Reduce Stress Using These 7 Tips
Three years ago, I left my high paying, stressful, unfulfilling job – after 28 years. I was so excited to have some downtime! I could sleep in, work in the yard, hike, walk my dog, travel, and paddleboard to my heart’s content! And I did! And I loved it! Yet, my body was still so tight and tense, as if I were still working that high stress job with that awful commute. I was thinking, “I’m supposed to be relaxed now. Fat and happy, so to speak. What is going on here?” I went about my daily non-working routine, as well getting my usual chiropractic adjustments and twice monthly massages. But I was beginning to wonder if I was always going to feel this way. I was too young to be so brittle and stiff!
Then, it happened. Magically. A solid 6 months after leaving my job, the tension in my shoulders was gone. Poof – gone! Both the chiropractor and massage therapist commented that my body was finally relaxed. The tension was finally gone, and I was in complete alignment. No more hunched shoulders and tense muscles. Yay! But why did it take so long?
After so many years of stress and computer work, I realized my body didn’t know how to relax- it literally had to be retrained to relax. My shoulders didn’t know they weren’t supposed to be hunched up around my ears. My trapezius muscles felt like rocks under the skin. My scalp was so tight around the skull that if felt like somebody always had a hold of the nape of my neck. My jaw was tight, and my teeth hurt from grinding them at night. Not to mention that big 11 between my eyebrows from the constant scowl of stress and pain. I was a stress mess! I needed time to practice relaxing, unclenching, clearing my mind, resting, and breathing deeply. So, don’t give up if you fail to feel more relaxed right away. Keep working at it!
Stress is a necessary human condition. It’s part of the ‘fight or flight’ response that helps us make decisions in response to a perceived harmful event, attack, or threat to survival. We need this stress response to survive as human beings, but unrelenting stress is dangerous. In addition to the physical effects, long term stress can negatively affect mental health (depression, anxiety, and personality disorders), and cause cardiovascular disease, including heart disease, high blood pressure, abnormal heart rhythms, heart attacks, and stroke.
There are numerous ways to reduce stress, but not all methods work for everybody. Find something that does work for you and do it! If you consistently apply the following tips, you will likely have a greater sense of calm and increased capacity to face the challenges of daily life without hitting your stress limit.
Here are a few basic things you can do to manage your stress and avoid the dangers of a relentless stress level.
- Get plenty of rest. Emotional and physical fatigue make any situation much worse. If you’re unable to get a good night’s rest, ask how we can help you sleep better. 7 to 8 hours is a rule for most adults.
- Exercise. If you don’t go to the gym regularly, you can still set up an exercise plan at home without fancy equipment. Walk, stretch, do some yoga. There are many exercise routines online, including yoga and stretching you can do as an online class or on your own. A quick Google or You Tube search can pull up a plethora of options to try. It will be easy to find something that aligns with your individual health and tolerance. Give it a try!
Side note: Poor sleep tends to lead to less exercise, so these two habits can support each other. Try to get at least 30 minutes of moderate activity every day or even just go for a quick walk to get those endorphins going.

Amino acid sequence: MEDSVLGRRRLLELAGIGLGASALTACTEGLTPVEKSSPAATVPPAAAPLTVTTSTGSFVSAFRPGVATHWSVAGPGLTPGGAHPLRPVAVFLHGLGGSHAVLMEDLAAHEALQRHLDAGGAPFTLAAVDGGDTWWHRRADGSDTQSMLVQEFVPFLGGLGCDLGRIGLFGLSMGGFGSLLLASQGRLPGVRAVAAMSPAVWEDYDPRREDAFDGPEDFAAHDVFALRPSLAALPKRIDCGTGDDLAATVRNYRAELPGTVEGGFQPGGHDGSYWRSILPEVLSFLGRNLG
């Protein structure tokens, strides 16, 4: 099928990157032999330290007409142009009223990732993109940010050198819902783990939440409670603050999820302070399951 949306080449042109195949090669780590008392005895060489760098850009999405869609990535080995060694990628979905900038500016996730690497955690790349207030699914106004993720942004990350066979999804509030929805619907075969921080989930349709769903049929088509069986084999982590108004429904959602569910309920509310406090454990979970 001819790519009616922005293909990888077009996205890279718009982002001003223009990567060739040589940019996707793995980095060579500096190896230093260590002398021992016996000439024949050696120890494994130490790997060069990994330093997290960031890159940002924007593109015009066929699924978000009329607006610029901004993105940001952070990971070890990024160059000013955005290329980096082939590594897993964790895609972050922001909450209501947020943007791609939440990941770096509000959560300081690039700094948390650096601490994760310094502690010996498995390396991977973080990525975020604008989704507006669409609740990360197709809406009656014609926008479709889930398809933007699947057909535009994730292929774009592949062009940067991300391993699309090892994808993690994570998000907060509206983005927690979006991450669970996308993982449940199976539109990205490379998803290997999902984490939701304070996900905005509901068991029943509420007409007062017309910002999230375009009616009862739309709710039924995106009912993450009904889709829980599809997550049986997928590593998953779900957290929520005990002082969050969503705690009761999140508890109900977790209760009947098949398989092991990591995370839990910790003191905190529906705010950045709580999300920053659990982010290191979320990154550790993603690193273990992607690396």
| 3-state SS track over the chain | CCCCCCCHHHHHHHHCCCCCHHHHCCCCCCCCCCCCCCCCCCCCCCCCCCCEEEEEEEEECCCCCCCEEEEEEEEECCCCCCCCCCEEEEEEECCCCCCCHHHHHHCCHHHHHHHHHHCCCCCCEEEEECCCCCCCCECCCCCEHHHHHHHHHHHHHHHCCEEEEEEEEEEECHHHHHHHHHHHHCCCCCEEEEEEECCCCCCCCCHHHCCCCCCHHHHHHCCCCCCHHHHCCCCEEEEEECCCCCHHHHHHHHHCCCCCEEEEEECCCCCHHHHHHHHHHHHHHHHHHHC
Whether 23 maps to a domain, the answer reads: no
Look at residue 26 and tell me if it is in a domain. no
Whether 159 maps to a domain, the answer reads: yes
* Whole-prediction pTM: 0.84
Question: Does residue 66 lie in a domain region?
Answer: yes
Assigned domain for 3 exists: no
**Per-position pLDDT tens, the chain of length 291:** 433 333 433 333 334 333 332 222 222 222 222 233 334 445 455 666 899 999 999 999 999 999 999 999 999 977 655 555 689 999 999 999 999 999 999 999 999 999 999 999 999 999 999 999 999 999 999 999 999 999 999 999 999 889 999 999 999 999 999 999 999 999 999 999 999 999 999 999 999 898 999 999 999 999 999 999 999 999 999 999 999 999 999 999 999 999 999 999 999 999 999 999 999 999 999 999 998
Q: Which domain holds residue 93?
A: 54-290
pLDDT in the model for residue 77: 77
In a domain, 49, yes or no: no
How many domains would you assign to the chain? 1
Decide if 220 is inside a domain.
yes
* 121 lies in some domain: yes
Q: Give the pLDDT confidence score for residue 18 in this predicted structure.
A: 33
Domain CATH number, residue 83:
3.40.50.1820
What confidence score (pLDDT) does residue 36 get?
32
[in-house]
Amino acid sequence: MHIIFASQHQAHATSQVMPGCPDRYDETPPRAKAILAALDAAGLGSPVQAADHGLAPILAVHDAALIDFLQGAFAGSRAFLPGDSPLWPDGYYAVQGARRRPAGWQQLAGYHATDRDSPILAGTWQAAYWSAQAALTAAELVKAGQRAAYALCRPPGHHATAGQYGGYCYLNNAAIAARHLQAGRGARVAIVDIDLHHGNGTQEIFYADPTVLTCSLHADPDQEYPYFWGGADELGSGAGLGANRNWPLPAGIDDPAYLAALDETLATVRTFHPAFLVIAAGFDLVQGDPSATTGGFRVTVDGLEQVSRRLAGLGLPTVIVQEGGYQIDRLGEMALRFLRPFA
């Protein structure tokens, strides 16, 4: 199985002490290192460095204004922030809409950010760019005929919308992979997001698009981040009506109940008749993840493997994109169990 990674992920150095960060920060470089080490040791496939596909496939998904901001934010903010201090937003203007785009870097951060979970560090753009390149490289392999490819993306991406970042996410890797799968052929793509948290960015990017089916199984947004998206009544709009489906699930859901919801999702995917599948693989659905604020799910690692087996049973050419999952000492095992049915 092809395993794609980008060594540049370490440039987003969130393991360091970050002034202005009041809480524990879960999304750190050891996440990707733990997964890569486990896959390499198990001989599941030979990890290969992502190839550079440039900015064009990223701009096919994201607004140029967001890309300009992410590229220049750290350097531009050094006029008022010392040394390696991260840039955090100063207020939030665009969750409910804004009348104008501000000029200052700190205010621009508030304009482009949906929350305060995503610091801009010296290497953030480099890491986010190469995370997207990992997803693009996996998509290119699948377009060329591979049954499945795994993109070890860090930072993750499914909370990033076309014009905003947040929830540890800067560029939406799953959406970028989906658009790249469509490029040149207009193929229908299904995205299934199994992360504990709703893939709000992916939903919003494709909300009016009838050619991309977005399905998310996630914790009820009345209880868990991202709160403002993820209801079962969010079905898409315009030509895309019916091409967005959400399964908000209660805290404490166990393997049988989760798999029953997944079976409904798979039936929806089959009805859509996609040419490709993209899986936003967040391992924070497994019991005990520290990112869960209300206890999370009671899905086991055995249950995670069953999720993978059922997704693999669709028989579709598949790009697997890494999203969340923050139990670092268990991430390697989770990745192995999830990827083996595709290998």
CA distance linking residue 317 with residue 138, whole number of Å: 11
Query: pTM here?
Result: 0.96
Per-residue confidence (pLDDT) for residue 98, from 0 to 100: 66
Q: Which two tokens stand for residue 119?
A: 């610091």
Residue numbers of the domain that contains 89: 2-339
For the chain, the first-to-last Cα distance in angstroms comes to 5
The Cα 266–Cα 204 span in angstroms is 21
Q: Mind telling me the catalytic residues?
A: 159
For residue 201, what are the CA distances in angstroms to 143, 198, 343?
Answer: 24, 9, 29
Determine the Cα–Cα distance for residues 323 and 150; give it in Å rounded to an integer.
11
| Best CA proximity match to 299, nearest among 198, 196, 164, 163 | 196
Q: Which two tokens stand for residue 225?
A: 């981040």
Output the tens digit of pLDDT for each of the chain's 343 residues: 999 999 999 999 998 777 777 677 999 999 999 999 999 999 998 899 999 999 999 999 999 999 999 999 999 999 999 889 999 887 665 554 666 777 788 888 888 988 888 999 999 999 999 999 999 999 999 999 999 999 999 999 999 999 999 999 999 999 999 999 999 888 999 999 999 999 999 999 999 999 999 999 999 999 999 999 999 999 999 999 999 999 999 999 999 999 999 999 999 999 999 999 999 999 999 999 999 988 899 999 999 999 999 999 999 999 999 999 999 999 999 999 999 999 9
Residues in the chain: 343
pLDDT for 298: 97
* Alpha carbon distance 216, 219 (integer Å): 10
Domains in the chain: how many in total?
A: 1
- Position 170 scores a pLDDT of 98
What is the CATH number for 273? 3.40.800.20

- Get outdoors. A brisk walk, outside in the fresh air, can make a significant difference in stress levels and mood. Work in the yard for a bit. Throw the ball/toy for the dog. Take a bike ride. Sit in the sun and read a book. Whatever you choose, make sure you unplug from digital distractions while doing it. If you can’t get outdoors, open a window and get up and move around inside. Walk the stairs, clean a room, declutter your space…get off the couch and move your body.
- Eat right. It’s not uncommon for people to turn towards ‘comfort food’ when they feel stressed. Although it might make us feel better in the moment, it will likely make things worse in the long run. Too much sugar will spike your blood sugar, then it will plummet, leaving you tired and more stressed than you were before. And an overfull stomach may cause discomfort.
- Stay away from alcohol. Alcohol is a depressant. If you’re super stressed or depressed, alcohol will ultimately make these feelings worsen. Alcohol also depletes antioxidants, diminishes liver functioning and promotes weight gain, all of which can create additional stress on your body. You can easily end up in a vicious cycle with this one; best to avoid altogether when stressed or depressed.
- Turn off the news and unplug from social media. Although it is important to stay abreast of current events, it is also important to limit the time spent watching the news, especially during a time of crisis. Allot yourself time to check the news daily, then turn it off and do something else to help lessen your stress. Read a book, write a letter, get outside (see above). Do not check the news, social media or other outside influences first thing in the morning. Make sure you get your day started in positive, intentional ways before allowing other sources to set your agenda and focus.
- Try meditation or prayer. Meditation and prayer have been shown to help with the body’s stress response. Taking some time to do a calming breathing exercise or praying can help the body relax. This can be a great way to start or end the day with a relaxed state of mind.
When you acknowledge the stresses of life, you can keep them in control instead of them controlling you. Avoid becoming the ‘stress mess’ that I was so you can live your best life!